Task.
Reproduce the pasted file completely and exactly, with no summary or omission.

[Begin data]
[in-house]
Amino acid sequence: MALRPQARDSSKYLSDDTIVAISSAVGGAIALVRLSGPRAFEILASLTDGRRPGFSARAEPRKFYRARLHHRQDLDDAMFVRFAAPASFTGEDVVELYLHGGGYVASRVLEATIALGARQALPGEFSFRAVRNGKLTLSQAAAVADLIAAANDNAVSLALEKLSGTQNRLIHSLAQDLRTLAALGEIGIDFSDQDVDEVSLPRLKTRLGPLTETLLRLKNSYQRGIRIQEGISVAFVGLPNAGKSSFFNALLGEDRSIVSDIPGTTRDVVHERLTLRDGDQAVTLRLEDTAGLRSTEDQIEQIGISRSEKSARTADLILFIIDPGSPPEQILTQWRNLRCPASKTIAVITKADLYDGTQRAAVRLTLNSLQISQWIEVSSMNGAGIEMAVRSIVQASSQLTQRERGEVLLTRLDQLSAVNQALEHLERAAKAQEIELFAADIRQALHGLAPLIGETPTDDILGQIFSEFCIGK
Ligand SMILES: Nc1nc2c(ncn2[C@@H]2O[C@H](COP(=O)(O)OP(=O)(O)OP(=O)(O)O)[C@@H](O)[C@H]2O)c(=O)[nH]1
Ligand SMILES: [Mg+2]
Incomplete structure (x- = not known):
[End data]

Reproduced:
[in-house]
Amino acid sequence: MALRPQARDSSKYLSDDTIVAISSAVGGAIALVRLSGPRAFEILASLTDGRRPGFSARAEPRKFYRARLHHRQDLDDAMFVRFAAPASFTGEDVVELYLHGGGYVASRVLEATIALGARQALPGEFSFRAVRNGKLTLSQAAAVADLIAAANDNAVSLALEKLSGTQNRLIHSLAQDLRTLAALGEIGIDFSDQDVDEVSLPRLKTRLGPLTETLLRLKNSYQRGIRIQEGISVAFVGLPNAGKSSFFNALLGEDRSIVSDIPGTTRDVVHERLTLRDGDQAVTLRLEDTAGLRSTEDQIEQIGISRSEKSARTADLILFIIDPGSPPEQILTQWRNLRCPASKTIAVITKADLYDGTQRAAVRLTLNSLQISQWIEVSSMNGAGIEMAVRSIVQASSQLTQRERGEVLLTRLDQLSAVNQALEHLERAAKAQEIELFAADIRQALHGLAPLIGETPTDDILGQIFSEFCIGK
Ligand SMILES: Nc1nc2c(ncn2[C@@H]2O[C@H](COP(=O)(O)OP(=O)(O)OP(=O)(O)O)[C@@H](O)[C@H]2O)c(=O)[nH]1
Ligand SMILES: [Mg+2]
Incomplete structure (x- = not known):